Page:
Grimsvotn volcano in Iceland remains silent despite flood

Despite the flooding in the Gigjukvisl river in south Iceland this week, all appears calm under the Grimsvotn volcano at the moment. One or two small tremors have been measured there over the past couple of days, however, there has been no further signs of a possible eruption, according to

Thorunn Skaftadottir, a geologist working for The Icelandic Met Office (Veðurstofa Íslands), told yesterday that a number of small earthquakes have been recorded close to Krysuvik on the Reykjanes peninsula. The source of the earthquakes was about four kilometers deep; but activity is not uncommon in this area so these events could be unrelated.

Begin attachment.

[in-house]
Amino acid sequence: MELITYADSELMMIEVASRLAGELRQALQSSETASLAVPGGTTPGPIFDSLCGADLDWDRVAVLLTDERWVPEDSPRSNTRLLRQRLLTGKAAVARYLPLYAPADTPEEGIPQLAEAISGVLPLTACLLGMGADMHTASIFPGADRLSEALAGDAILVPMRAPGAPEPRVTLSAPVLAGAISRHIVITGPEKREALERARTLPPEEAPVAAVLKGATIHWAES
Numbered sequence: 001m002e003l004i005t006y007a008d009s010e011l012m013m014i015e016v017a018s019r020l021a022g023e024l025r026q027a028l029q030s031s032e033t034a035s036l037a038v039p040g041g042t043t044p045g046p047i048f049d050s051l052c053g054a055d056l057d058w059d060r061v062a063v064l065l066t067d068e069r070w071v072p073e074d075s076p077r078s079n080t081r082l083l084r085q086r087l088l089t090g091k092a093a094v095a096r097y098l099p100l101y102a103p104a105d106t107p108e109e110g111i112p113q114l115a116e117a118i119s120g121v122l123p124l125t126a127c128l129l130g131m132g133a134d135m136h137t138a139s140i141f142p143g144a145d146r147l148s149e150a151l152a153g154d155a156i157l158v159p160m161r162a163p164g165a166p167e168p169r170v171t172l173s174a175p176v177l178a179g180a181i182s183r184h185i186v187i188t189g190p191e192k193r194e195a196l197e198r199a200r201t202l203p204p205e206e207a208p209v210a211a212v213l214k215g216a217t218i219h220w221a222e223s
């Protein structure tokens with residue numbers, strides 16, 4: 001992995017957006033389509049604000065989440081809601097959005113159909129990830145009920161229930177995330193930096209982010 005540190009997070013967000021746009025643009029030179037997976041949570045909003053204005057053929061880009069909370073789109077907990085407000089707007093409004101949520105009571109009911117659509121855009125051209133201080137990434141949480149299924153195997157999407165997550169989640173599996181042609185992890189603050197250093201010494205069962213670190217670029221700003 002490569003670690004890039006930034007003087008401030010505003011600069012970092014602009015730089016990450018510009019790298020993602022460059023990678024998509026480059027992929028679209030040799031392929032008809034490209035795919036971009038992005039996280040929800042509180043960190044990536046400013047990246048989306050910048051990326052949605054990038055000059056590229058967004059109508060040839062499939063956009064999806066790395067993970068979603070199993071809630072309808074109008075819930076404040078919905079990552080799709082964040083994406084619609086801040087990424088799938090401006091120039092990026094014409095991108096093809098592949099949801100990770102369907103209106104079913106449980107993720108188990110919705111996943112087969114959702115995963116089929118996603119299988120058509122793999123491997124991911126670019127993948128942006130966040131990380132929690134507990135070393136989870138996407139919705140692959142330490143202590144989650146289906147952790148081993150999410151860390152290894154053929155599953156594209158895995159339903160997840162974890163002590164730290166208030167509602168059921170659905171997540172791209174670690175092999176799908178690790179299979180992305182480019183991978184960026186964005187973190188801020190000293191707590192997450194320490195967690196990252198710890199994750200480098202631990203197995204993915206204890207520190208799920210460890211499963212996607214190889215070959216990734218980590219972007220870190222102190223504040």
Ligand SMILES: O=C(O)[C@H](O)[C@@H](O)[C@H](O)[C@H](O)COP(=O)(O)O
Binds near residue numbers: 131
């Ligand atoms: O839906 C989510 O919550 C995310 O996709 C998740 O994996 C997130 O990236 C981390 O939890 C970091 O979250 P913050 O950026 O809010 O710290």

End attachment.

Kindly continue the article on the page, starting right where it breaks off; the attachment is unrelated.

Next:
The flooding came from an increase in run-off meltwater from the Vatnajokull ice cap, which suggested the possibility of an eruption. Due to the major disruptions caused to European air traffic in spring 2010 by the Eyjafjallajokull volcano eruption, this week’s flooding and talk of another possible eruption has made world news.

Grimsvotn last erupted in 2004 creating an ash cloud that caused some disruption to air travel, although not on the same scale as the eruption of Eyjafjallajokull. If Grimsvotn was to erupt, any further disruption to air traffic would depend on the size of the eruption, the amount of ash generated and also weather conditions.

However, after the experience and knowledge gained from the Eyjafjallajokull eruption, airlines and aviation authorities have had to become better equipped to deal with such situations and any future volcano eruptions in Iceland.

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